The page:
Weary

John chapter 4.

Jesus and his disciples, at least some of them, are moving on. Jesus has things to do. John the Baptist has mostly receded into the background, and John the author has changed allegiances.

Let’s see where they are.

He (Jesus) left Judea and departed again for Galilee. And he had to pass through Samaria. So he came to a town of Samaria called Sychar, near the field that Jacob had given to his son Joseph. Jacob’s well was there; so Jesus, wearied as he was from his journey, was sitting beside the well. It was about the sixth hour.

Samaria. What an awful place to be. At least, if you’re a Jewish person in the first century. Samaria was bad side of town. Samaria was where the dogs lived, where the ones you spit on live. You go around Samaria, you don’t linger. There’s nothing valuable there.

But Jesus had to go through Samaria.

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Where do you have to go through? As you pursue this life, this calling, you’ve got some ugly places to travel through. Flat tires, divorce, root canals, or kidney stones. Bankruptcy, lost children… chemo or pink slips or rejection. There’s no rest for the weary, is there?

Jesus was wearied from his journey, you know.

There’s a reference in Christianity: We go from glory to glory. Sometimes it’s used incorrectly. It doesn’t mean, we flit from one perfect day, from one victory, directly into another. Wouldn’t that be fun?

But glory to glory is from 2 Corinthians, a letter from Paul to the Corinthian church. He’s referring to us gazing at the Lord, and being changed to look like him. You know that’s the goal, right? That when we look at the Lord, we look more like him. We are changed, from glory to Glory. Let me show you the verse. This is out of the King James Version.

But we all, with open face beholding as in a glass the glory of the Lord, are changed into the same image from glory to glory, even as by the Spirit of the Lord.

So glory to glory. Not, we hop from mountaintop to mountaintop, no.

Real life isn’t like that. Real life has valleys and pits and swamps and detours and night time in between the mountaintops.

Jesus was wearied from the journey.

Jacob’s well was there; so Jesus, wearied as he was from his journey, was sitting beside the well. It was about the sixth hour.  A woman from Samaria came to draw water. Jesus said to her, “Give me a drink.”

The sixth hour, by the time-keeping methods we think John used, probably meant about noon. They live in the middle east, and he sits by a well. He’s been teaching, leading, organizing, and traveling through rocky, desert-like ground. And it’s high noon.

And he needs a drink.

Jesus was human. He was weary. The Mercy man knows mercy because he knows what it’s like to be in need.

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Are you weary on your journey? There is no condemnation in needing rest and food. The Mercy man knows when you’re going through difficult and ugly places.

Sit awhile, and drink from the well. Let him restore the nourishment you need.

I was weary this morning. This weekend I had a beautiful time of prayer and intercession and connection with some of my favorite people, and I bore a lot of the responsibility and burden for it to go well. I mean by choice I bore it. I just cared so much, and I pressed in for spiritual release and protection and prayed intently for the time. It went well, and I loved it.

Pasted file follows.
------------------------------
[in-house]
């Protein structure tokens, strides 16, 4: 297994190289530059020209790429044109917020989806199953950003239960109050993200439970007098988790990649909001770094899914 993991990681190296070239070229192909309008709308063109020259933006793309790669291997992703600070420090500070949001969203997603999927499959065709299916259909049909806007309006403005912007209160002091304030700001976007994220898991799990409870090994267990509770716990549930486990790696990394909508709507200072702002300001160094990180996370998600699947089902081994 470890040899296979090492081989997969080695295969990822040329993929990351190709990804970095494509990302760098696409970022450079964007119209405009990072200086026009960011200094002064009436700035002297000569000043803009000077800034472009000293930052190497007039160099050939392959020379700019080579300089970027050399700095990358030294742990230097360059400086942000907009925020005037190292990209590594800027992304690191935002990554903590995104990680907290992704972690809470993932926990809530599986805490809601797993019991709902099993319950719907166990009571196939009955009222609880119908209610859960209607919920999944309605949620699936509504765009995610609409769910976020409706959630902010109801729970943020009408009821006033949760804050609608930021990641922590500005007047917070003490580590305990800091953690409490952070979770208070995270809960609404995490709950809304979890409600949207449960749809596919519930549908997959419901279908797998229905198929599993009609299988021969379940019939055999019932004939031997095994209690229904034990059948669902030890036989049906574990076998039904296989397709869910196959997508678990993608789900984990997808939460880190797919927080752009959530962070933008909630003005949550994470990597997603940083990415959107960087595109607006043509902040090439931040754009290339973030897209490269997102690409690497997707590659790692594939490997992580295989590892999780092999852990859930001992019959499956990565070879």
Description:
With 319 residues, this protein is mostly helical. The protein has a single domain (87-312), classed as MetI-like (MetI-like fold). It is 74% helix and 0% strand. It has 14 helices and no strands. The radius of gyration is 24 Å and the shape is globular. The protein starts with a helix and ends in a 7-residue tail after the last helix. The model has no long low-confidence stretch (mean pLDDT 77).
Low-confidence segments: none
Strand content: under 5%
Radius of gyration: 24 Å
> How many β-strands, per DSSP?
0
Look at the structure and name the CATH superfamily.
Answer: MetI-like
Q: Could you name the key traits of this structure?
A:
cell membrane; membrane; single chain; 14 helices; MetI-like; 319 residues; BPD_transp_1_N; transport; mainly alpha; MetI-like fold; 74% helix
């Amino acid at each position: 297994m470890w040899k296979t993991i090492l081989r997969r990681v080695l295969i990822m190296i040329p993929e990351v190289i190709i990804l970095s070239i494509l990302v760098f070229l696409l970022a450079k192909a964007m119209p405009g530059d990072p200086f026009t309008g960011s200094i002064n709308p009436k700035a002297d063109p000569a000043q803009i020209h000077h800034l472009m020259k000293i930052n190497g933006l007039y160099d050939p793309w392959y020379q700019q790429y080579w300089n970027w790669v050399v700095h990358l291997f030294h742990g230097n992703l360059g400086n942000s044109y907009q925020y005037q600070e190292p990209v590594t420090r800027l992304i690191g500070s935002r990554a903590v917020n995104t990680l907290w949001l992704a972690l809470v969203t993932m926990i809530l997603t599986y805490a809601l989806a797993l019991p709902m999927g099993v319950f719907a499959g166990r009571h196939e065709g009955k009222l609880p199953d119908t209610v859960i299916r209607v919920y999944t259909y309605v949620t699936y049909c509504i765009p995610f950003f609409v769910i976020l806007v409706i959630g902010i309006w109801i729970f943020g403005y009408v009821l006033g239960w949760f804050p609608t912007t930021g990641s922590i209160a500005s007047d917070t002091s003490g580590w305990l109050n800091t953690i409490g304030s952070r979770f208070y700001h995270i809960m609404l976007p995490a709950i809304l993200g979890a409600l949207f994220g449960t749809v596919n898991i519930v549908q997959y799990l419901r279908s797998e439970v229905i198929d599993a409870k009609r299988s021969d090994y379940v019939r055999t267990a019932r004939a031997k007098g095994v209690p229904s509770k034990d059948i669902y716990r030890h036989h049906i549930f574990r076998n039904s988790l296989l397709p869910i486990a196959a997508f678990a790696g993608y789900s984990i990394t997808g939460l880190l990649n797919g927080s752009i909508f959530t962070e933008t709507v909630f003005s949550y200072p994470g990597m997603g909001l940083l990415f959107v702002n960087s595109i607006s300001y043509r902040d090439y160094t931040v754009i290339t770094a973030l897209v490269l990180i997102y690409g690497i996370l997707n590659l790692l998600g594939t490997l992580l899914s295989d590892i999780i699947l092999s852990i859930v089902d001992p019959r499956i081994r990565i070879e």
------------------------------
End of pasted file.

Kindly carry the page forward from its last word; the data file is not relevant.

But today, at home, I was exhausted.

It was tempting to sleep in, veg out in front of the TV,  eat something delicious, and to feel completely, utterly, condemned. 

I kept re-hashing everything I did wrong. I kept hearing lies that sounded really, really true, about how much I failed and how silly I was to think I had accomplished something. And how terrible, terrible of a job I did. 

I don’t need to go into detail. I tried to keep it under control. I hate half delicious, half healthy. I slept some, I did watch a movie with my son.

But the condemnation was the worst.

I was weary from the journey, and the enemy just wanted to kick me while I was down. I think this is pretty normal.

But do you know what Jesus did when He was weary?

He sat down by the well, and asked for a drink of water.

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Are you weary on your journey? Do you know what the Lord of Heaven says?

“If you knew the gift of God, and who it is that is saying to you, ‘Give me a drink,’ you would have asked him, and he would have given you living water.”

We have to go to the Source when we’re weary. We can rest our physical bodies, yes, but Netflix doesn’t recharge us. He does. The enemy wants to take us from the mountain to the pit, to add insult to injury, to starve us as well as beat us. But there is shelter, there is water, there is life if we want it!

What do you do when you’re going through hard places? When your soul is weary, when your body needs rest?

Jesus is the Source of our strength. He’s the water for our souls, He’s the quencher of our thirst. Yes, we need to refresh our bodies. Sleep and water and vitamin C and even massages and vacations all have their place.

But when your soul is weary, in hard places and rough terrain, where are you drinking? Are you drinking from dirty wells, or hunting in the fridge for strong drink? Are you feeding your soul on gossip or worldly pleasures? Are you getting your nourishment from places where there is none?

Why don’t you go to Him, instead? Let him bathe your weary heart and give rest to your aching spirit.

I’m going to Him, won’t you come, too?

weary4The book of John (1)

This post is part of an ongoing series covering the book of John. You can follow by email, or you can go to the lead page and go at your own pace. Just click here. 

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